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Author Topic: Help: Midi to Wav  (Read 1401 times)

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King Tetiro

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Help: Midi to Wav
« on: October 09, 2008, 06:04:08 pm »
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Basically, I want to know. I heard that Midi can sound good or bad depending on a computer's sound card. Now I also heard that if I change them to wavs, the problem is solved.

Is this right?

Also, if it is, what's the best free converter?
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  • Phoenix Heart
Re: Help: Midi to Wav
« Reply #1 on: October 09, 2008, 06:10:36 pm »
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Back in the DOS era, MIDIs sounded awesome because it was a common format. Nowadays, most professional games don't use MIDIs, therefore sound cards suck for MIDIs. If you change it to a WAV, the WAV will sound as if you played a MIDI on YOUR computer. Of course, that's considering the program uses your card to convert.
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Re: Help: Midi to Wav
« Reply #2 on: October 09, 2008, 06:11:44 pm »
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Quote
Basically, I want to know. I heard that Midi can sound good or bad depending on a computer's sound card. Now I also heard that if I change them to wavs, the problem is solved.

Is this right?
Midi to wav will still leave the audio track sounding poor quality, as most midis inherently do. However it will sound the same across all platforms. The main problem you will have is in terms of size, wav music files are usually several megabytes in size, maybe even tens of megabytes if its a long song. Its a matter of weighing up size .vs. quality. Perhaps choose a different format, ogg? flac? or even mp3?

Anyway to actually convert, thats rather difficult given the way midi's are structured. You can use one of the many resequencing tools out there. Or you can just do what I do. Grab a copy of audacity, set the recording input to stereo mix, click record and start playing the midi in wmp or something similar. Then just save the result (after cutting out any crap).
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King Tetiro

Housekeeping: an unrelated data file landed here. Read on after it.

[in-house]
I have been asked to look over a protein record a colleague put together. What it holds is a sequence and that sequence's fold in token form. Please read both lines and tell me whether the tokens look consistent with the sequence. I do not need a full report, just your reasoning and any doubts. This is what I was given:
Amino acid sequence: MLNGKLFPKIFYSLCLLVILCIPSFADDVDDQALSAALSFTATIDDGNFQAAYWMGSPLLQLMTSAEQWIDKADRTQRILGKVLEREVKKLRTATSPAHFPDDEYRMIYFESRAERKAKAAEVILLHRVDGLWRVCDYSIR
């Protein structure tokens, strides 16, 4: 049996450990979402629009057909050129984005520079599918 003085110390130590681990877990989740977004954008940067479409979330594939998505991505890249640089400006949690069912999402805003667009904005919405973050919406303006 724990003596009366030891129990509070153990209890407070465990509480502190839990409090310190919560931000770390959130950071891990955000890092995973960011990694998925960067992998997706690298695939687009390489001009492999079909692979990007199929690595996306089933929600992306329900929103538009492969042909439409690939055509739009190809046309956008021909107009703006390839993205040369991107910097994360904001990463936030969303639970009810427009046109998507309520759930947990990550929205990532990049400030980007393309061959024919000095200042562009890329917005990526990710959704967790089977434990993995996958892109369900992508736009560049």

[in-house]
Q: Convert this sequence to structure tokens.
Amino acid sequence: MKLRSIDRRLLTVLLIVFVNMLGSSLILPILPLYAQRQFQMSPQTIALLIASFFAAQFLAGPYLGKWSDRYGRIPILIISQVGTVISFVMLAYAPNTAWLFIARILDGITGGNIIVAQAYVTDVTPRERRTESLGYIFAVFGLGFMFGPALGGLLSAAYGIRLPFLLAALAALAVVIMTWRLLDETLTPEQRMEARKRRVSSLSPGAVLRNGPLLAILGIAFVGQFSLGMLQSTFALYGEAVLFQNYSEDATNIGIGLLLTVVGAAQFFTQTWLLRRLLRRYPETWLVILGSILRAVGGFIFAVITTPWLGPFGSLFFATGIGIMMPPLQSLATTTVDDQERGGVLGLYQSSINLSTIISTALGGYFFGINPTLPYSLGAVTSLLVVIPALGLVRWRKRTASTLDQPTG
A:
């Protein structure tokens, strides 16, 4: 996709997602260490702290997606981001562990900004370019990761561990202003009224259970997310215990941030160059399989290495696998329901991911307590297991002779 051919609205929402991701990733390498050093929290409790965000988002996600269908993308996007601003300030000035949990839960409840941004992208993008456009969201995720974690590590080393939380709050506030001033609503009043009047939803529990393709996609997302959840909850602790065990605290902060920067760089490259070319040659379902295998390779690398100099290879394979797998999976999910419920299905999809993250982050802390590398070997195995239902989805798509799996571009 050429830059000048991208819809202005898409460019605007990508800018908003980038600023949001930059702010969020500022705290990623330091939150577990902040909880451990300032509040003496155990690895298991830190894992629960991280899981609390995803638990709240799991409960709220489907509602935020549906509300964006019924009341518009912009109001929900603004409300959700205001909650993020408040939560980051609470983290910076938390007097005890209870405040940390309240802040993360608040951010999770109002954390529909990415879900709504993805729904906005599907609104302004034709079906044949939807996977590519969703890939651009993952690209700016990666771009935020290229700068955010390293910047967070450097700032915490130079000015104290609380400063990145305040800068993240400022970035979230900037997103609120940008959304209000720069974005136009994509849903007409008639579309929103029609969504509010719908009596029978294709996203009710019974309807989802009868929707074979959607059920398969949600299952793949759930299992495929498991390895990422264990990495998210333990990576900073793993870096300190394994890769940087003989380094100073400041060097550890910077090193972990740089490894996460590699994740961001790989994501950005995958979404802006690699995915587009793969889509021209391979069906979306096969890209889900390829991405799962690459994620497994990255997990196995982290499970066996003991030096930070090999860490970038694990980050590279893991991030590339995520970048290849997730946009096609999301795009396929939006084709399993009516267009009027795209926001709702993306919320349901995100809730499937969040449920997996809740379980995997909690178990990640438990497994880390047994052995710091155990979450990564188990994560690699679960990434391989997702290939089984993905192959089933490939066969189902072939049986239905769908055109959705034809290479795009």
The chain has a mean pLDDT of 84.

Leader of Phoenix Heart
Re: Help: Midi to Wav
« Reply #3 on: October 09, 2008, 06:43:55 pm »
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So hold on. I convert the file on computer 1 with sound card A. I then transfer the file to computer 2 which has sound card B.

Would the file on computer 2 sound like it had sound card A?
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  • Phoenix Heart
Re: Help: Midi to Wav
« Reply #4 on: October 09, 2008, 06:44:46 pm »
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Yes it would.
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King Tetiro

Leader of Phoenix Heart
Re: Help: Midi to Wav
« Reply #5 on: October 09, 2008, 06:48:48 pm »
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Oh thank you so much!!! Now I just need a midi to wav converter (Size isn't really an issue as let's face it, actual games are like 25% programming and about 50% music files.)
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  • Phoenix Heart
Re: Help: Midi to Wav
« Reply #6 on: October 09, 2008, 06:59:19 pm »
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Now I just need a midi to wav converter
Quote
Or you can just do what I do. Grab a copy of audacity, set the recording input to stereo mix, click record and start playing the midi in wmp or something similar. Then just save the result (after cutting out any crap).

Quote
(Size isn't really an issue as let's face it, actual games are like 25% programming and about 50% music files.)
Commerical games yes. Indie games distributed on the internet, no. Don't expect people to download hundreds of megs of music just for an indie game.
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Re: Help: Midi to Wav
« Reply #7 on: October 09, 2008, 11:39:11 pm »
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Of course, you could just ask someone with a bit of music knowledge and a copy of FLStudio to help you :D.
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DJvenom

super-sage
Re: Help: Midi to Wav
« Reply #8 on: October 10, 2008, 01:11:58 am »
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For this, I would recommend opening the midi in a tracking program and using .mod format or something similar. This way you can assign instruments that will globally sound the same, while keeping the same format of music tracking. A bit bigger filesize depending on quality of your samples, but also can produce mp3 quality music with much less disk space used. Also presents ability for looping music while still having an "opening" sequence, as mods allow you to set loop points :3
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Re: Help: Midi to Wav
« Reply #9 on: October 10, 2008, 11:43:44 am »
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Winamp can also convert midis, as well as any other format that it can play.
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Goodnight

Once and future Captain
Re: Help: Midi to Wav
« Reply #10 on: October 11, 2008, 08:34:02 am »
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What I do is open up Goldwave (or any other wav editor, but that's my preference) and the Windows Volume Control, set the recording channel to MIDI, hit New file and then Record in Goldwave, and play the MIDI in another player.

Not only will the exact sound be retained but you can bump up the EQ a little bit. :P

I'd also check out a program called Wingroove, which plays MIDIS with its own better-sounding instruments. Results may vary but you can get some good results, since the sounds were decent for 10 years ago. It can also export to wav.
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